Running backs are top of mind in the NFL, with the Vikings ahead of the 2023 season. Money is a big reason for Cook's departure, but Minnesota is also primed to transition thanks to belief in backup Alexander Mattison, who this offseason signed a two-year deal in anticipation of an expanded role.
It raises the question: Which other No. 2 backs boast starting-caliber stuff? In a day and age where RB rotations are the norm, most teams depend on a whole stable of ball-carriers as opposed to a single featured back. And these 10 backups stand out as some of the best going into 2023:
10. Latavius Murray (Bills)
At 33, on his fourth team in as many years, Murray is a wholehearted journeyman. But there's a reason clubs keep picking him up. While offering little as a pass-catcher these days, he's such a steady runner whose confident, upright style has translated across systems. It wouldn't be stunning to see him steal carries behind James Cook and Damien Harris in Buffalo.
9. Jeff Wilson Jr. (Dolphins)
Fellow 49ers product Raheem Mostert is technically Miami's starter (until a potential Dalvin Cook arrival), but Wilson is now owed slightly more money on his new deal. He's never played a full season, but when healthy, he pairs burst with aggression as a change-of-pace option. On top of that, he benefits from Mike McDaniel's speedy setup.
8. Elijah Mitchell (49ers)
Through two NFL seasons, the former sixth-rounder has missed a combined 18 games due to injury, making him a somewhat fragile complement to Christian McCaffrey. Still, when upright, he's been incredibly smooth as a focal point for Kyle Shanahan's offense, showcasing solid vision in relief and as a starter.
7. Rashaad Penny (Eagles)
Like Mitchell, he's been severely hampered by injuries, playing more than 10 games just once in five seasons. But the former first-rounder has all the physical tools as an explosive big man, flashing home-run ability in Seattle. Now working alongside D'Andre Swift and mobile quarterback Jalen Hurts, he could be in for a revival.
6. Jahmyr Gibbs (Lions)
As a rookie, the Alabama product obviously has nothing to show for his NFL resume just yet. But the surprise first-rounder has drawn Alvin Kamara comparisons for his versatility and electricity, and he figures to get lots of action as a passing-down complement to David Montgomery in Detroit.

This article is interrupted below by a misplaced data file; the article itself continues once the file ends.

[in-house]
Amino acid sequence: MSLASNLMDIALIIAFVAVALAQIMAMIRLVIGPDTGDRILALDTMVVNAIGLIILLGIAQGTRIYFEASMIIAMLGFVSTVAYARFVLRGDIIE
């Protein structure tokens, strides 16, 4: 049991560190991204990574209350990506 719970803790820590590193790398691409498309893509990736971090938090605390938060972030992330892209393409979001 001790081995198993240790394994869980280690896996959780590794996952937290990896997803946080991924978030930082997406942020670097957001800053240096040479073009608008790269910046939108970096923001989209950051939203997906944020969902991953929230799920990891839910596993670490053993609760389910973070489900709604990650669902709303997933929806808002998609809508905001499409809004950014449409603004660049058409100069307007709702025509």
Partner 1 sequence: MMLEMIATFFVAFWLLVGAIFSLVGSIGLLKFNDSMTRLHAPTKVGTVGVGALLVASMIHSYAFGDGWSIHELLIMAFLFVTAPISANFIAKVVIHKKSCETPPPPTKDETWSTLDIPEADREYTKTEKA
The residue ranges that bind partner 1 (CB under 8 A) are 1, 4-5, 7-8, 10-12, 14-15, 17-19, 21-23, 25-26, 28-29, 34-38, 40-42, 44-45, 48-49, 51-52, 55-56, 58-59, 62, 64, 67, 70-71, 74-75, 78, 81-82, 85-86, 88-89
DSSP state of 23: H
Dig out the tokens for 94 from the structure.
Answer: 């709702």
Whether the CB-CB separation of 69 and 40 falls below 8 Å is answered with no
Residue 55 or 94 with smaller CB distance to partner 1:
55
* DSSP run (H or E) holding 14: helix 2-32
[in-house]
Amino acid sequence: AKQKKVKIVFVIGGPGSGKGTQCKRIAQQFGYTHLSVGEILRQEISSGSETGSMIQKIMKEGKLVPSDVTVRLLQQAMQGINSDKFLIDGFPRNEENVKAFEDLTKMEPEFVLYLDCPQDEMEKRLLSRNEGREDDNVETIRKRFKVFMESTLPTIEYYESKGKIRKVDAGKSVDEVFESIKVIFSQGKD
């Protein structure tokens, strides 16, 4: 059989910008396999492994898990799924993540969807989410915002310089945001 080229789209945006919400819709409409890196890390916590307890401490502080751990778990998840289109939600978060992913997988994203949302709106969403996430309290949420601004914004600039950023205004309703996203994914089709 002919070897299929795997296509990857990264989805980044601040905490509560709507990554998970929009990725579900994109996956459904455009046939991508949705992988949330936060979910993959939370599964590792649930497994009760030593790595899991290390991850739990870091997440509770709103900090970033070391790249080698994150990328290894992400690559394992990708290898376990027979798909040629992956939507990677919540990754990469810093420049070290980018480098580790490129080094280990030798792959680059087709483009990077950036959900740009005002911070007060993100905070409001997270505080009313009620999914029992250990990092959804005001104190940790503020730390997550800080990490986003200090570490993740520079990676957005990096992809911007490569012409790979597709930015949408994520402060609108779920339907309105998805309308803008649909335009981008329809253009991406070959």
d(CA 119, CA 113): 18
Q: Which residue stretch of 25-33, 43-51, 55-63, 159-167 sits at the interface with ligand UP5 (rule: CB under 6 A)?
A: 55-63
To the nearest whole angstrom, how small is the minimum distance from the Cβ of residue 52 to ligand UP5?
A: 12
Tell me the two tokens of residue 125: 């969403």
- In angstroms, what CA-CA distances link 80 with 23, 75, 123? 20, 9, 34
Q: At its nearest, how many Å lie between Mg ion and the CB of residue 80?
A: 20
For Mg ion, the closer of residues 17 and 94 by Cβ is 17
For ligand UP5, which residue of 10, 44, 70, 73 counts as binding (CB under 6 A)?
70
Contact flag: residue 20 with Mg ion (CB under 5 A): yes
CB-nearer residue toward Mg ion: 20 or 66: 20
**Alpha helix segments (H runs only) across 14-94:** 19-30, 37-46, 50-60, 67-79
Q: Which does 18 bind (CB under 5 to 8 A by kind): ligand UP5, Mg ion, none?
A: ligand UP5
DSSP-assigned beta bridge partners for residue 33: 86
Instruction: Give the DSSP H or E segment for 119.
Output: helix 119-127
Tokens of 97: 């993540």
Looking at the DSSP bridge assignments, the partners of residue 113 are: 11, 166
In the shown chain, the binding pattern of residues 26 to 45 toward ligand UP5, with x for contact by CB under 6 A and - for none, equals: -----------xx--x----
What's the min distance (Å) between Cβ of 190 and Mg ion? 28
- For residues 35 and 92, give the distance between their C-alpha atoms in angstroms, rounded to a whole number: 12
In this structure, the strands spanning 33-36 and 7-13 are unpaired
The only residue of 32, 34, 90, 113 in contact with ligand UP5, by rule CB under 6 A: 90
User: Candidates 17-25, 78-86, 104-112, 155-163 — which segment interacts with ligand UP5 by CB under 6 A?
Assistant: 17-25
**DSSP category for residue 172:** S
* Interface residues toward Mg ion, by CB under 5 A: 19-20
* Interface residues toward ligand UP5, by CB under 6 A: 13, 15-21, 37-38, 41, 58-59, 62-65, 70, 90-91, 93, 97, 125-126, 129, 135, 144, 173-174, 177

5. D'Onta Foreman (Bears)
The hulking former Texans prospect was a revelation as a late-year grinder for the Titans in 2021, replacing an injured Derrick Henry. But then he did his thing again in 2022, this time as the Panthers' underrated tone-setter. At 27, he's still improving as a bruiser, and should challenge the speedier Khalil Herbert for red-zone carries in Chicago.
4. Jamaal Williams (Saints)
Beloved on and off the field for his spirit, the former Packers reserve had a career year taking over the Lions' backfield in 2022. He's still more solid than special, never topping 4.3 yards per carry, but always moves the pile and is also a proven pass blocker. With Alvin Kamara facing a suspension, he may well open 2023 in the lineup alongside new QB Derek Carr.
3. Tyler Allgeier (Falcons)
Atlanta spent a top-10 pick on Bijan Robinson, whose elite traits should make him the new centerpiece of Arthur Smith's run-heavy attack. But Allgeier was quietly one of the most promising pieces of the 2022 Falcons, nearly averaging five yards per tote on 210 carries as a rookie. Though unpolished as a receiver, he's got natural vision, a rock-solid build and still-fresh legs.
2. Devin Singletary (Texans)
Never quite hailed as "the guy" in Buffalo despite totaling 56 starts as the Bills' RB1 over the last four years, Singletary is smaller (5-7, 203) without a consistently splashy resume. But he does everything reasonably well, averaging 4.7 yards per carry and totaling 145 catches for his young career. As bruiser Dameon Pierce returns from injury to be Houston's potential workhorse, he could carve out a sizable role as a proven safety valve for rookie QB C.J. Stroud.
1. AJ Dillon (Packers)
With 373 carries to Aaron Jones' 384 the last two years, Dillon is more like a half-starter in Green Bay. Even so, the Packers benefit from employing one of the most effortless power runners in the game; at almost 250 pounds, Dillon is inherently imposing on short-yardage and red-zone situations. His vision and pass blocking are also underrated, making him a capable spot starter for Matt LaFleur's offense. The explosiveness obviously isn't as apparent, but the rugged results are.